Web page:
Sunderland Second World War evacuee makes sentimental return to boyhood escape 70 years on
A Sunderland grandad has made a sentimental return to the farm where he spent an idyllic year as a wartime evacuee.
Eighty-seven-year-old Jimmy Atkinson, from Bishopwearmouth, was taken back to Snape, the North Yorkshire village he last saw as a lad, by daughter and grandson Lynette and Graeme Blair.
Graeme, who arranged the trip to the farm in Bedale as a surprise, said his grandfather had been reminiscing about his time in the village for as long as he could remember: “He has spoken about his time on the farm all my life,” he said.
"From when I was a kid, I remember him talking about it, but we had never done anything about it until a few weeks ago.”
Graeme decided to take to the internet to see if he could find any trace of the farm and was amazed to discover that not only did it still exist, it was in the hands of the same family.
“I went on Google and there it was – D Trewhitt and Son, East End Farm, Snape,” he said.
“I called the number and explained who I was and said that my grandad had stayed there during the war and how he spoke very fondly of it.”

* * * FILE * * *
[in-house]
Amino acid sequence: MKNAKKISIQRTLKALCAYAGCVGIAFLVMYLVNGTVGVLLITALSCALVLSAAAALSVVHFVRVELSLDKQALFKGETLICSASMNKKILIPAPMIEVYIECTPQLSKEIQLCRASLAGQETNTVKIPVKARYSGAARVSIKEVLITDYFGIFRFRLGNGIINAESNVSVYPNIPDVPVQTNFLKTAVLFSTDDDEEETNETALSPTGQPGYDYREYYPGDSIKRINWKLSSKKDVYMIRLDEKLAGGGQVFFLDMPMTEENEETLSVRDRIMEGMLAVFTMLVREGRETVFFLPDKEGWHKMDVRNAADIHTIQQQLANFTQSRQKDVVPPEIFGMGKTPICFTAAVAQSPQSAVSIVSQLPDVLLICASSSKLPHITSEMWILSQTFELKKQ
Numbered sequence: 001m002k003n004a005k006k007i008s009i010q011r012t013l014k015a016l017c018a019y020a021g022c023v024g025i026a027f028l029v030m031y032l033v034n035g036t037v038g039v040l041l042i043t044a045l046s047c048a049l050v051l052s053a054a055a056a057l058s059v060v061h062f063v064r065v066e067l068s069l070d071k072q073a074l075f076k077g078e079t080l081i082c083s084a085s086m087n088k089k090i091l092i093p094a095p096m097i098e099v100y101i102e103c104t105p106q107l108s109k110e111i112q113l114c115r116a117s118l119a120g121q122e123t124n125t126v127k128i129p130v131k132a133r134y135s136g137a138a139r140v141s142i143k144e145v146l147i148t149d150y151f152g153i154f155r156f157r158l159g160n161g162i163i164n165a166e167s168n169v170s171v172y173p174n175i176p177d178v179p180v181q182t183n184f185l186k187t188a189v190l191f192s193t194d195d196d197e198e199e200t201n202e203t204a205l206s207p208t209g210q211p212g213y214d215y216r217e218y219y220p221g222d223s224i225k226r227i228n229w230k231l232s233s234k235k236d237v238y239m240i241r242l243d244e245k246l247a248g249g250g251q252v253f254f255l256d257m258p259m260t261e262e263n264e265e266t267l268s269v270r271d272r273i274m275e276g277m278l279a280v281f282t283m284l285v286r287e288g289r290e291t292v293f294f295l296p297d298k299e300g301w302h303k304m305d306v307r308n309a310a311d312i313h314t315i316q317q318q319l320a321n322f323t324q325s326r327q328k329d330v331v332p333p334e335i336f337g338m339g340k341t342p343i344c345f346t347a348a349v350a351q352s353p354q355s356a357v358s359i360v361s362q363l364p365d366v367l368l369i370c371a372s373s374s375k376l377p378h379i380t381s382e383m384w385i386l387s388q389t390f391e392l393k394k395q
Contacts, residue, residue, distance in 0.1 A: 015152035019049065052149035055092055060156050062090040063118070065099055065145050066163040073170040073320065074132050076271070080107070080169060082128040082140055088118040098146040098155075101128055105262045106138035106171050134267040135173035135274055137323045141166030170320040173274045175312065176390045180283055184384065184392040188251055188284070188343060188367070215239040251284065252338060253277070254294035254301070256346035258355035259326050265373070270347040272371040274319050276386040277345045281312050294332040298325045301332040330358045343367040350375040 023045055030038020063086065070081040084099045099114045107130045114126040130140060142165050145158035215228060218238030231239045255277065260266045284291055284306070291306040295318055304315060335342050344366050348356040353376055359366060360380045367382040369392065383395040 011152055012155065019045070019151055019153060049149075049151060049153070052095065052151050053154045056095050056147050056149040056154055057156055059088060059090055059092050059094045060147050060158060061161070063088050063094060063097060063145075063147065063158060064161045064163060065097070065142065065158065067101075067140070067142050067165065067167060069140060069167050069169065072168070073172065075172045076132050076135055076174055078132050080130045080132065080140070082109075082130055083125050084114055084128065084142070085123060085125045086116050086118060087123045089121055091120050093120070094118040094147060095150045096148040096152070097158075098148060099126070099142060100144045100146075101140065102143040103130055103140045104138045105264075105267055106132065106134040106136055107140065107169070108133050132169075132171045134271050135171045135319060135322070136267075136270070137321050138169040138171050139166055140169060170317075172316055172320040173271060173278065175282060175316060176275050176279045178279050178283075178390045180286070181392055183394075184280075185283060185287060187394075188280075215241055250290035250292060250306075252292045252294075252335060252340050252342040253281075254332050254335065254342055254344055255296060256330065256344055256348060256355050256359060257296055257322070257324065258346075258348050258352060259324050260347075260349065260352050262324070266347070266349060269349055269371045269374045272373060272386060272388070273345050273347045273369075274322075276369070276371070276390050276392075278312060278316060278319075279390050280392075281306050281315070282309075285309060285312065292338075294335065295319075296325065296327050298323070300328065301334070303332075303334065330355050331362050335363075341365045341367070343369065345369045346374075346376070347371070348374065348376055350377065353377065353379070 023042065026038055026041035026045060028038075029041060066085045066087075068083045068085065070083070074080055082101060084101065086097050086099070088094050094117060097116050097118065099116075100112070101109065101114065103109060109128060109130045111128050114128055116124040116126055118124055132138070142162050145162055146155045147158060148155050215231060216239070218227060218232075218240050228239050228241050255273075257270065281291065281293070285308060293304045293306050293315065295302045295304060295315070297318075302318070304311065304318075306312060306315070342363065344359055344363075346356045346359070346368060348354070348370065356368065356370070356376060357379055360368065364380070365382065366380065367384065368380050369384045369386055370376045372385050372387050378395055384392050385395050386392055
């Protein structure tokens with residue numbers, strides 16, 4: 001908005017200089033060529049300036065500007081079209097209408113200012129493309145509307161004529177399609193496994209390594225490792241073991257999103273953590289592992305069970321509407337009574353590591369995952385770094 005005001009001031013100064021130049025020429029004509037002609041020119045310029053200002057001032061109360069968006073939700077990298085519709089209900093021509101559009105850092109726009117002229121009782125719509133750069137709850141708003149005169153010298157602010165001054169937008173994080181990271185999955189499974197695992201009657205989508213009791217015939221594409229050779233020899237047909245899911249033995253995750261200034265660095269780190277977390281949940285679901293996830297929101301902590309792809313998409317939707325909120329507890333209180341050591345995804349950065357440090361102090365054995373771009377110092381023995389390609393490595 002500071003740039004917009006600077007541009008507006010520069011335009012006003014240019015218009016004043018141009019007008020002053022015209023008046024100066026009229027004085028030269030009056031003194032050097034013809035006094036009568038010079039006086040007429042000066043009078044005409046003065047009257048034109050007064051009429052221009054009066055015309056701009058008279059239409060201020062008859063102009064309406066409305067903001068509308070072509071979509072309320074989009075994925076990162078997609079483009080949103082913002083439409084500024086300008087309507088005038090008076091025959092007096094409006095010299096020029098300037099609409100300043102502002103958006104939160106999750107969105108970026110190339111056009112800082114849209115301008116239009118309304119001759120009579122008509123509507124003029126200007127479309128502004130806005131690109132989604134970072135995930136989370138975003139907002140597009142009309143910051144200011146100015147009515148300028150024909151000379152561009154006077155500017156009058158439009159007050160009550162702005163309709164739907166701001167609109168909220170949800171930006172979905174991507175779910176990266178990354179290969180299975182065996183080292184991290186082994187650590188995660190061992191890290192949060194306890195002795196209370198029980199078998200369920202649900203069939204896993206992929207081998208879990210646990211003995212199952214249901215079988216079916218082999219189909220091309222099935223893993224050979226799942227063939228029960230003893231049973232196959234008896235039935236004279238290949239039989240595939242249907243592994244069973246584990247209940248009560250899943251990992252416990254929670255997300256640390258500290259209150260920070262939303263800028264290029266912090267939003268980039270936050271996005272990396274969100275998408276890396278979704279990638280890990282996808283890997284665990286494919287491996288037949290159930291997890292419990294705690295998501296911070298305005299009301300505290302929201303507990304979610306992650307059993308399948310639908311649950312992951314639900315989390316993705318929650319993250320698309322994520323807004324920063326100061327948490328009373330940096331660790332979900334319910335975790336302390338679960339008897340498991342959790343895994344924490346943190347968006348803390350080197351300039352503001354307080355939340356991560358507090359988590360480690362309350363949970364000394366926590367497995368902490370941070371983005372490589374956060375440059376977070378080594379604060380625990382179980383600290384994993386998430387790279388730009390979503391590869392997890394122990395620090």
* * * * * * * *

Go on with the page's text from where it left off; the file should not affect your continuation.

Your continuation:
The D in D Trewhitt and Son turned out to be David, the son of the couple who owned the farm during the war – and he revealed Jimmy had made quite an impression, despite the large number of evacuees who had passed through the farm.
"He knew there had been a lot of kids who went there, but he said ‘What is your grandfather called?’ and as soon as I said it, he said ‘Jimmy Atkinson’,” said Graeme.
“He was only a baby when my grandad was evacuated there during the war but in later years, his parents spoke about the kids that went there and spoke especially fondly of my grandad.
"He was really enthusiastic and asked for more information. He spoke to some of the family members and is part of the local history group down there, so he had found some old records.”
Graeme arranged a visit and the family was welcomed by David and wife Gwen.
"It was a surprise – I didn’t tell my grandad, but on the way, he was guessing. He said ‘Are we going to Snape?’ but I just said I wouldn’t even know where it was,” said Graeme.
“Then as we came off the A1, he saw the signs for Bedale and he said ‘That’s where the farm was’.”
Jimmy was amazed to discover how much of the farm was just the way he remembered it, despite the passage of seven decades.
"There were some bits of the buildings that had changed but there was so much of the house and the farm that my Grandad recognised,” said Graeme.
"There was even some of the machinery that was still in the same place.
"It was a great day, thinking about everything that had happened in the last 70 years.”